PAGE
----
The future of the Tokyo Olympics is in question after Japan declared a state of emergency due to increasing COVID-19 cases.
On Thursday, over 7,000 new cases of COVID-19 were reported in Japan with 2,447 in Tokyo, both record highs for the country.
Prime Minister Yoshihide Suga issued the declaration, saying it will last at least a month.
“I am confident we can overcome this,” Suga told reporters. “But I must ask all of you to endure a restricted life for a while longer.”
The Olympics were originally scheduled for 2020 and have already been postponed once. And they are still officially scheduled to begin in July 2021.
But in the wake of the declaration, Japan is removing the public displays of the Tokyo Olympic and Paralympic torches for the next month. It’s unclear whether the Olympics could take place with emergency declarations in place, but the event is set to gather around 15,000 athletes as well as thousands of coaches, judges and media.
An International Olympic Committee spokesperson told MarketWatch on Friday that the games are still on schedule, despite recent events in Japan.
“The IOC has full confidence in the Japanese authorities and the measures they are taking. Together with our Japanese partners, we continue to be fully concentrated and committed to the safe and successful delivery of the Olympic and Paralympic Games Tokyo 2020 this summer.”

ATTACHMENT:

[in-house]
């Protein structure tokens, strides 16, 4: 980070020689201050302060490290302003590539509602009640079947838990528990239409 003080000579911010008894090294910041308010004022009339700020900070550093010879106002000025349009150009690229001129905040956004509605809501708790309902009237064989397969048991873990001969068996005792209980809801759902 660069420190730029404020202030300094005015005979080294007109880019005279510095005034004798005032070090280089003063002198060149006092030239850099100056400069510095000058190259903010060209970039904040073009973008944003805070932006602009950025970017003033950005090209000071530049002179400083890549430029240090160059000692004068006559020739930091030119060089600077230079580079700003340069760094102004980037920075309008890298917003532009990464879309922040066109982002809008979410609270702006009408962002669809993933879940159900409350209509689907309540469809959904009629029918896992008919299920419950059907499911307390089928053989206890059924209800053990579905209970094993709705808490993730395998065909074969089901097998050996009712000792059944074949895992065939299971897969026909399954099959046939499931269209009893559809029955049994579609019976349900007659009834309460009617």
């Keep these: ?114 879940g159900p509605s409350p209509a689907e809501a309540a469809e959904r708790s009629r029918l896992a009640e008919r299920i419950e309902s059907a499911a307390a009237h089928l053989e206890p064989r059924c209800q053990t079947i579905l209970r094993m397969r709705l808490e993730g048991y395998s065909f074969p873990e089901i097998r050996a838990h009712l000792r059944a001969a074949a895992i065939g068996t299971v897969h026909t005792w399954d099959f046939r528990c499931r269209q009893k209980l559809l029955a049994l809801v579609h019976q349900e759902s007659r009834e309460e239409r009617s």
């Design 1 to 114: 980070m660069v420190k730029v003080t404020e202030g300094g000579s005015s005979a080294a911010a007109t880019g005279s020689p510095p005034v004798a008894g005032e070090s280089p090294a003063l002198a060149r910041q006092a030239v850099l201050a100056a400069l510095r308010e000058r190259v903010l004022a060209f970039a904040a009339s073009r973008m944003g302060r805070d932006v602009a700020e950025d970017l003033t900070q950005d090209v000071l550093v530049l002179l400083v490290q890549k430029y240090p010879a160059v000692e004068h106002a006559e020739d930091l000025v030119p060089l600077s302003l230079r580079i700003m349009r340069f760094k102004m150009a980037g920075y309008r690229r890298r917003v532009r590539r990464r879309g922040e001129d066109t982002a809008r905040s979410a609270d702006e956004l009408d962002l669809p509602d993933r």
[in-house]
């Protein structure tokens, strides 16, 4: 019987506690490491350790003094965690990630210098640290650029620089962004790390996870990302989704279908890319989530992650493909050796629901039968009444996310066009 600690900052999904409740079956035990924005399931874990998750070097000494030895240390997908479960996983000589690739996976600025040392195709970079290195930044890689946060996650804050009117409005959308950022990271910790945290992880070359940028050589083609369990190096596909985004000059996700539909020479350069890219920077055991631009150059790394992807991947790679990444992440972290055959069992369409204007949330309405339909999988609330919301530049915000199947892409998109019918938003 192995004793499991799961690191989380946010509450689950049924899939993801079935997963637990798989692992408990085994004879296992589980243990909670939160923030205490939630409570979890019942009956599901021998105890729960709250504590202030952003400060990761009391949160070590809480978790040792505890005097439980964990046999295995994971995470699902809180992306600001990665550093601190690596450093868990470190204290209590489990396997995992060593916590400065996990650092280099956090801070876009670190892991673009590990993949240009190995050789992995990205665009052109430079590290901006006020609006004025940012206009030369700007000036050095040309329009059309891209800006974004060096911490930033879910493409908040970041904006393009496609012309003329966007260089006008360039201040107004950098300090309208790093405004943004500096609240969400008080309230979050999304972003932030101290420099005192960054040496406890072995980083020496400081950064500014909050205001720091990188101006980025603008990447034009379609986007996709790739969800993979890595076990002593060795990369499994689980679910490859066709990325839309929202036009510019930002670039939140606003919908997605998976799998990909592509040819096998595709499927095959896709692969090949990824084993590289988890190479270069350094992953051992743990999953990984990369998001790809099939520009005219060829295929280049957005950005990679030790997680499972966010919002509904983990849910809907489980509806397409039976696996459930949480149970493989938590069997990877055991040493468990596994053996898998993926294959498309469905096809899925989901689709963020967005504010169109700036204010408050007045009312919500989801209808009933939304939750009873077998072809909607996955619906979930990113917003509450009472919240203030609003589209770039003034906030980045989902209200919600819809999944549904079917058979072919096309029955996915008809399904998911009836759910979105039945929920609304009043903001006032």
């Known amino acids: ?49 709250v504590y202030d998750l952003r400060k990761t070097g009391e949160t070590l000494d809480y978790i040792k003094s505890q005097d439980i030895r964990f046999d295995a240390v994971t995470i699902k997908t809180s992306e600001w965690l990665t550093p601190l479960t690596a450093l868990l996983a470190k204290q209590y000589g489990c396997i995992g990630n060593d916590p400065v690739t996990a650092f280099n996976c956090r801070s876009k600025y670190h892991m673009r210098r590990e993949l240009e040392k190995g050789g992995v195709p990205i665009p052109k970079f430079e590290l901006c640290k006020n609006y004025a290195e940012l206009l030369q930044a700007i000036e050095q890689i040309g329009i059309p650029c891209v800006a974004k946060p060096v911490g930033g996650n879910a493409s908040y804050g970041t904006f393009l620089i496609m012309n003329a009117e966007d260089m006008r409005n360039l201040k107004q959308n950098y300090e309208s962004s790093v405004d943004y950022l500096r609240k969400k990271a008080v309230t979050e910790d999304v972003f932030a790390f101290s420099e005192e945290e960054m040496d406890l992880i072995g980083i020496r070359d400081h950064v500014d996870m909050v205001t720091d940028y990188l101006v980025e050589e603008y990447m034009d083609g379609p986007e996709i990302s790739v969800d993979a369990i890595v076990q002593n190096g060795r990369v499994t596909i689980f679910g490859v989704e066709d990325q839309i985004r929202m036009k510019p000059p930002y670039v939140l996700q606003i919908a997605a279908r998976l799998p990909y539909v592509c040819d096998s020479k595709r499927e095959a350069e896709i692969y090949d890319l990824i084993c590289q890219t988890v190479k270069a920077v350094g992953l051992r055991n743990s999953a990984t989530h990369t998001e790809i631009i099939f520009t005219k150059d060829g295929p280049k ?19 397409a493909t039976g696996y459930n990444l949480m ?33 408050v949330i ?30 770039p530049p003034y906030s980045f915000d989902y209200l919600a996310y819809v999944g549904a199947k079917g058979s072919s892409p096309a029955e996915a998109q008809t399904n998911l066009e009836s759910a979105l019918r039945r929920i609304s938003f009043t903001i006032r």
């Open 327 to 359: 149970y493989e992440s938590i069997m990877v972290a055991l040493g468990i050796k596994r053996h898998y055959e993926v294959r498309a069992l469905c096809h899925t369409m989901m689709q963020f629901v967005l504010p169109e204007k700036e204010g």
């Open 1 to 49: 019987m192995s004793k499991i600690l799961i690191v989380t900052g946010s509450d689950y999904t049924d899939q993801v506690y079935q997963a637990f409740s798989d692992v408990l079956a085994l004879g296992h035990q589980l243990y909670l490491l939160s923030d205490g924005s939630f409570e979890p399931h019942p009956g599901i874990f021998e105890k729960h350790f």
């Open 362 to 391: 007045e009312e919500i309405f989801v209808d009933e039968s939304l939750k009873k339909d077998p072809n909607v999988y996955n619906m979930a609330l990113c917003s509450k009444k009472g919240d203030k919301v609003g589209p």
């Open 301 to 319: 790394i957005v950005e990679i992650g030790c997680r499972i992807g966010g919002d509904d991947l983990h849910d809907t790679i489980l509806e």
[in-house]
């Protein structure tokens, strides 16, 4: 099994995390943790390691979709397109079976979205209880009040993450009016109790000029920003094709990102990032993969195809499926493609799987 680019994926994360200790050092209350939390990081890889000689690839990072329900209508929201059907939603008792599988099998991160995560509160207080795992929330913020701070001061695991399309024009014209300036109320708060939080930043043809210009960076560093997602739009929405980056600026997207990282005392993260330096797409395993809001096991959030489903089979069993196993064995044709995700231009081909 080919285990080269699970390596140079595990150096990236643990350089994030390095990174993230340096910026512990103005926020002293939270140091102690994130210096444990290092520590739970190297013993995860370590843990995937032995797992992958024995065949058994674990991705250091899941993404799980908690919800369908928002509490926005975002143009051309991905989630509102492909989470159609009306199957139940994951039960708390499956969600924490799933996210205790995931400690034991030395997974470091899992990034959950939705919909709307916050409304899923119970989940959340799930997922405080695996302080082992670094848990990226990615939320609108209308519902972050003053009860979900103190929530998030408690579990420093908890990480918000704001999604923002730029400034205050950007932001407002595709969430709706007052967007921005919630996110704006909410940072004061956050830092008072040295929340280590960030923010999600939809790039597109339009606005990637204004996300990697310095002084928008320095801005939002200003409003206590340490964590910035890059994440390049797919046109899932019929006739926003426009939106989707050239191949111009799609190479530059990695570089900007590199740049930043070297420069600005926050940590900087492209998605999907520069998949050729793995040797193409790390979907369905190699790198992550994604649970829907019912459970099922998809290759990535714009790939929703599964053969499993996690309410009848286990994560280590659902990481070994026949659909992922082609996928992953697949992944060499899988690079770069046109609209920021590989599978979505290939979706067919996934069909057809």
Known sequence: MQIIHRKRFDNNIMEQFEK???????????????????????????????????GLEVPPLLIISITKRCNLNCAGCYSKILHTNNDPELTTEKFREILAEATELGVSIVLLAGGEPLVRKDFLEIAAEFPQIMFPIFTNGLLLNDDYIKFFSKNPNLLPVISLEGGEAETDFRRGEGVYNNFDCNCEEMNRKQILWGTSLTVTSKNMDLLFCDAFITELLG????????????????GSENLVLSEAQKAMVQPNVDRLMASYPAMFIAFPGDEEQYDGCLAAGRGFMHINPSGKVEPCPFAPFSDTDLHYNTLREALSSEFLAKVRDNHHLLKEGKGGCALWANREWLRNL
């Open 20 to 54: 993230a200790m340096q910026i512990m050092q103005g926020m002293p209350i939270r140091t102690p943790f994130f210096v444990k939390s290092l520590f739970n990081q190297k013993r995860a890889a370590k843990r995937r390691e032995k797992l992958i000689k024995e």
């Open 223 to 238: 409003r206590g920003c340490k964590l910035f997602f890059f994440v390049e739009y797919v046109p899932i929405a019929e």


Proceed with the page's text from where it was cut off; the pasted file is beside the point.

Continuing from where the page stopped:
The postponement of the 2020 Tokyo Olympics was only the fourth time since 1896 that the Olympics did not happen as scheduled. The other occasions were during World Wars in 1916, 1940 and 1944. The 2021 Olympics in Tokyo will still be branded “Tokyo 2020,” the IOC has told MarketWatch.
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IOC members recently said that if the Olympics couldn’t be held as scheduled, they would be canceled.
According to a study from the University of Oxford, The Tokyo 2020 Olympics are the most expensive Summer Games in history.
The IOC has urged athletes who plan on competing in the Olympics to get vaccinated before the games begin, however the committee stopped short of making it an outright requirement. Committee President Thomas Bach has said that vaccines would be a “free decision” for those involved in the Olympics.
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Some athletes including three-time Paralympian Kaitlyn Verfuerth are skeptical that the games will happen at all.
“I feel very unsure about it happening in 2021,” Verfuerth told MarketWatch in 2020. “I just don’t see how we can all be together.”